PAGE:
During a full-out charge, which can reach speeds up to 70 mph, the Cheetah's body flexes rhythmically from a full stretch with back swayed to the pose depicted here, with the back arched and feet gathered in, ready to spring into the next stretch.

During a high-speed chase, though the Cheetah will cover varied terrain and twist and turn on a dime to follow its prey, his small head, with eyes locked on the victim, remains amazingly level and stable, as if suspended on a line connected to the prey animal.

This piece has been exhibited at the National Sculpture Society's 100th anniversary show in Italy, as well as other NSS and Society of Animal Artists shows in NY, the Brookfield Zoo in Chicago, a two-person exhibition called "Cat Spirit/Cat Strength" at the Beacon Street Gallery in Geneva IL, the Colorado Governor's Invitational, "American Women Artists" at Nedra Matteucci Fine Art in Santa Fe and "Wild Cat Art" in CA.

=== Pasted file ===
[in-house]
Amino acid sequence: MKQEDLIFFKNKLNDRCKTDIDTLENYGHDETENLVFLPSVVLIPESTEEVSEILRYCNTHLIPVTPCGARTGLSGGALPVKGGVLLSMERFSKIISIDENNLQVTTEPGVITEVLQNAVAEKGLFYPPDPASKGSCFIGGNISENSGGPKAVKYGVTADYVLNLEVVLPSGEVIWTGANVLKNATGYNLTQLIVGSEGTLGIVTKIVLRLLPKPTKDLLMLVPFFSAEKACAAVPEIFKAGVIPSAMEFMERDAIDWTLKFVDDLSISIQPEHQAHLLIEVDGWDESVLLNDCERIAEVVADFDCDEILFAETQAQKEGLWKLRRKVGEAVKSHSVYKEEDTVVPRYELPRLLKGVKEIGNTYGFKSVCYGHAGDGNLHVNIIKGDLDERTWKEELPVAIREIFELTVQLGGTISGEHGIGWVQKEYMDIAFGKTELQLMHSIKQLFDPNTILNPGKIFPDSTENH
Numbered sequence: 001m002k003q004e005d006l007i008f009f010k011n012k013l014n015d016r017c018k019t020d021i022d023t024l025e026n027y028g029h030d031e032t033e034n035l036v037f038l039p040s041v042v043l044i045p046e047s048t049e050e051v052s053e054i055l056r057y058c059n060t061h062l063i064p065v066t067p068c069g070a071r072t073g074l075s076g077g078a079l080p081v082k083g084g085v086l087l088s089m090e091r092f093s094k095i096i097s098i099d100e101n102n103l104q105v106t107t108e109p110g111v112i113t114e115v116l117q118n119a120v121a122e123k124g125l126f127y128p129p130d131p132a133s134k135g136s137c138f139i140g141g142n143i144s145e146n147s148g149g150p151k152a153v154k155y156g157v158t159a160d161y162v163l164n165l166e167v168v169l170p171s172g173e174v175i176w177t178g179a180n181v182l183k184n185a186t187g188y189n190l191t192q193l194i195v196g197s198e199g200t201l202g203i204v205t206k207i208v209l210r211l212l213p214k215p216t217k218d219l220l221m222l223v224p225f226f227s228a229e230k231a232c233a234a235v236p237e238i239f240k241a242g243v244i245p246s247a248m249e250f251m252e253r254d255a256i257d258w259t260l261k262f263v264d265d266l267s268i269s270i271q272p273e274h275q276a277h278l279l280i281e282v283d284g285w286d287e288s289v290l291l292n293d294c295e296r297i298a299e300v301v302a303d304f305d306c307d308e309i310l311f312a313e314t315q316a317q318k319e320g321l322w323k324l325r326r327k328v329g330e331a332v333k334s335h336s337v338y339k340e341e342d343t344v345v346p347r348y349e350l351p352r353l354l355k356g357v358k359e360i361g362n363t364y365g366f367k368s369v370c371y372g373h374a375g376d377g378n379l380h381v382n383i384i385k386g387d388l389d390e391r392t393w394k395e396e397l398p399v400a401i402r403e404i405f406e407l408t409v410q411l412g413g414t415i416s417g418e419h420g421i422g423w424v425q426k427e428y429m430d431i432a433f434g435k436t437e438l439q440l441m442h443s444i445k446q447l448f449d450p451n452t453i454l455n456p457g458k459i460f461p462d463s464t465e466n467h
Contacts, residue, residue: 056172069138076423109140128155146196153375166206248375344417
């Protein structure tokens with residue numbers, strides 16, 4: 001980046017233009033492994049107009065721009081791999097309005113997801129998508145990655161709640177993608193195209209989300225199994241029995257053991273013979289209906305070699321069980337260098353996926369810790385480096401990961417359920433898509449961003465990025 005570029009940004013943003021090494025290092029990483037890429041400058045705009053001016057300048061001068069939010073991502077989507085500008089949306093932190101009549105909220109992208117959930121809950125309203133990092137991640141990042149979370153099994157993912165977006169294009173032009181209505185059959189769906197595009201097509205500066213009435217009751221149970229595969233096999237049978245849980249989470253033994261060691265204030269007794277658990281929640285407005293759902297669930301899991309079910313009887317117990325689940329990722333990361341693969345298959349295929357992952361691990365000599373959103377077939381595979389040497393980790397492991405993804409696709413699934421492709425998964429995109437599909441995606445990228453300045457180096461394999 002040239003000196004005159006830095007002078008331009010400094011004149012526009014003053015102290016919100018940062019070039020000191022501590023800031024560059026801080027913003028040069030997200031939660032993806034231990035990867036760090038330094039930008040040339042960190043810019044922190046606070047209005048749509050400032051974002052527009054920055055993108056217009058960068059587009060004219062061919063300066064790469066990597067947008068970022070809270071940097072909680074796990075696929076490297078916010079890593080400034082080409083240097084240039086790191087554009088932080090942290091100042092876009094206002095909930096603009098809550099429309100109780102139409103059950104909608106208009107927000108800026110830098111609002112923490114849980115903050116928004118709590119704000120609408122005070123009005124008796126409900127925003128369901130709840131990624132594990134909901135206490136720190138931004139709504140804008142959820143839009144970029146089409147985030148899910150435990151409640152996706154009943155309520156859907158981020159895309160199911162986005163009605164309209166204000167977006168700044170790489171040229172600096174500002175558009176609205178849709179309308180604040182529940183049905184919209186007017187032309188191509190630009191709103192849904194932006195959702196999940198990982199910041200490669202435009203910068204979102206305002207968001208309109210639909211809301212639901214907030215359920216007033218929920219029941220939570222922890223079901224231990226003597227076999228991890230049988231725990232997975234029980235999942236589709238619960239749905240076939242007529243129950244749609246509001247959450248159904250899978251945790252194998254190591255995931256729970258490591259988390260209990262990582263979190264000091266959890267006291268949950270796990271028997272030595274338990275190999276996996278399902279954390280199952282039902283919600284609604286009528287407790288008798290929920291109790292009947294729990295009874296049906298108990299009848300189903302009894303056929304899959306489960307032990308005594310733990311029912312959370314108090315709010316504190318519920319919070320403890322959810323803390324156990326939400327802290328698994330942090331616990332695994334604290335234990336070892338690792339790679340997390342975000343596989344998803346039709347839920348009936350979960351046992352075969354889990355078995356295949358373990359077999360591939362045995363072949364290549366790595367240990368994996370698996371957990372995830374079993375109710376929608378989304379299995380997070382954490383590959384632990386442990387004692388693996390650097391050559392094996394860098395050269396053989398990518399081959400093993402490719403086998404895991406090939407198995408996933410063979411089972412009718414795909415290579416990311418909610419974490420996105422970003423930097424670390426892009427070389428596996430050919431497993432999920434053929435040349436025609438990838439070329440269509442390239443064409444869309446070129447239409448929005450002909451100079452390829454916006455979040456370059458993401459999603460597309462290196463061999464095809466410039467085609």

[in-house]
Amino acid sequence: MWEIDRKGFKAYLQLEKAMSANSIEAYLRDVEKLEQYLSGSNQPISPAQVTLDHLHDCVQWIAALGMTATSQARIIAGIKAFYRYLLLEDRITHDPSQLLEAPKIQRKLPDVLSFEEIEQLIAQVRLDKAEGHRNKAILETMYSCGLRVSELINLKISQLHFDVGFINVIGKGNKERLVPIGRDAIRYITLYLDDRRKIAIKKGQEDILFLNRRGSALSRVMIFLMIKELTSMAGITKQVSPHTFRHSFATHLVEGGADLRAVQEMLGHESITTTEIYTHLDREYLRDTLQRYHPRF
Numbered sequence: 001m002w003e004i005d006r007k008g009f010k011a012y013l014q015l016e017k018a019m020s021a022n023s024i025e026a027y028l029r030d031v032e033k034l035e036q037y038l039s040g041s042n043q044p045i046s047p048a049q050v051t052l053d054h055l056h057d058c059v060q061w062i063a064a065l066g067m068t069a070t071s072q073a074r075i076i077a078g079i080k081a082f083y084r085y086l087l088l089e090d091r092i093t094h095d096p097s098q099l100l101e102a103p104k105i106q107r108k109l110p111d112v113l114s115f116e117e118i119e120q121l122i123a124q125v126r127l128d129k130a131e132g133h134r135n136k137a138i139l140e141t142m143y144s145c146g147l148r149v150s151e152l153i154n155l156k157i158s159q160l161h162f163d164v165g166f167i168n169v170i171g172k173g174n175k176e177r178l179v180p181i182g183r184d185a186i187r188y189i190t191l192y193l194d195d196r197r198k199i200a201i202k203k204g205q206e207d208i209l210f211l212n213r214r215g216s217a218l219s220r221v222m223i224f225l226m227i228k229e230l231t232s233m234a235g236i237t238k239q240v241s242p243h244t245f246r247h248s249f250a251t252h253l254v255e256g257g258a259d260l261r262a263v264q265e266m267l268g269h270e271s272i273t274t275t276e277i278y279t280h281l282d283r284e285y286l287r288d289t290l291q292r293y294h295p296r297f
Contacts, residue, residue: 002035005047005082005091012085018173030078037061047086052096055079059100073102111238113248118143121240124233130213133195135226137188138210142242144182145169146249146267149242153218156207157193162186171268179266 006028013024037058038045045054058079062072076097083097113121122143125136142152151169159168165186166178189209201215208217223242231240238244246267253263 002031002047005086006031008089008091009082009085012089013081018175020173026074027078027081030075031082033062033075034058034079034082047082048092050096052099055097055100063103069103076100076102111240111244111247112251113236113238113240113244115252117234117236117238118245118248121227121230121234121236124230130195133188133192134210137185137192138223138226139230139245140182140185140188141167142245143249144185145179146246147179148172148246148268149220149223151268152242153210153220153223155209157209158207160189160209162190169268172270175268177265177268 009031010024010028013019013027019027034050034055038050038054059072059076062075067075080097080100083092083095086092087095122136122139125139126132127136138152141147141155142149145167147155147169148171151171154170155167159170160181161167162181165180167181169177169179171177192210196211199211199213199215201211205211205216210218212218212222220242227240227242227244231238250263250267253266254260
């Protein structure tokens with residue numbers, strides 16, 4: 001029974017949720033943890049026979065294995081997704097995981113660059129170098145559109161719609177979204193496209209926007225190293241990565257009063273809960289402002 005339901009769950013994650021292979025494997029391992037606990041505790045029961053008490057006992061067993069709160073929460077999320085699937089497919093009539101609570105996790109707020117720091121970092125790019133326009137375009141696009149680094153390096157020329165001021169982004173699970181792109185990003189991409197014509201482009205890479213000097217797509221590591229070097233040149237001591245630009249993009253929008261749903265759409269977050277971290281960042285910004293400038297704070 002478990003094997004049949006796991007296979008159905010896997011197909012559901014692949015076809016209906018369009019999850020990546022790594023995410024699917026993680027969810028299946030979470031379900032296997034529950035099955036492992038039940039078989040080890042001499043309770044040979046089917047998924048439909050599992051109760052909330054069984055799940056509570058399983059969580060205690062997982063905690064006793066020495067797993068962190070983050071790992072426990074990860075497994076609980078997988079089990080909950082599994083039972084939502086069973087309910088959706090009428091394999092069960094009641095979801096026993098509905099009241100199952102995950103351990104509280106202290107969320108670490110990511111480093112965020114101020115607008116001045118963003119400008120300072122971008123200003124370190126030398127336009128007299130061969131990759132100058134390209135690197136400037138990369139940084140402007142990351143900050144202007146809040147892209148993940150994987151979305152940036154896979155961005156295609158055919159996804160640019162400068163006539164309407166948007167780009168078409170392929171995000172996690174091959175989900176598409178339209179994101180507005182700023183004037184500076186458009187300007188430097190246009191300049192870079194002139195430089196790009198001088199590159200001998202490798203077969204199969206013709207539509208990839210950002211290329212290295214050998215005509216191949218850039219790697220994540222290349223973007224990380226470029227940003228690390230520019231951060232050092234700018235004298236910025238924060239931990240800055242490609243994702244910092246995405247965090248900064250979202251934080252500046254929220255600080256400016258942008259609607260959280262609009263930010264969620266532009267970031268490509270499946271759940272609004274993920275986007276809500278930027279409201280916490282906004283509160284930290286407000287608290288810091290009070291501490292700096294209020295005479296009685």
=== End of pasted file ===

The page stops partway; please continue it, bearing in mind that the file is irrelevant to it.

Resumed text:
Panther

Panther

Small: 12.5" x 14" x 6" Edition of 100, ©1987
Medium: 27" x 30" x 12" Edition of 12, 1991
Life-sized: 8' x 5' x 2' Edition of 5, 1993

Although it is just the melanistic (dark) variety of the spotted Leopard, the Black Panther's shadowy presence carries an aura of mystery, stealth and power all it's own.

The same skill and strength that make him the consummate predator also make the Leopard a powerful climber with agility unparalleled by any of the other big cats. Thus, in attempting to capture the essence of this most formidable feline, I chose a pose which would embody both the attitude of a climber and the stealthy stalk of the hunter.

This sculpture was awarded the Donald R. Miller Memorial Award by the Society of Animal Artists in 1990, and was purchased for display in the Tactile Gallery in the Colorado Springs Fine Art Center.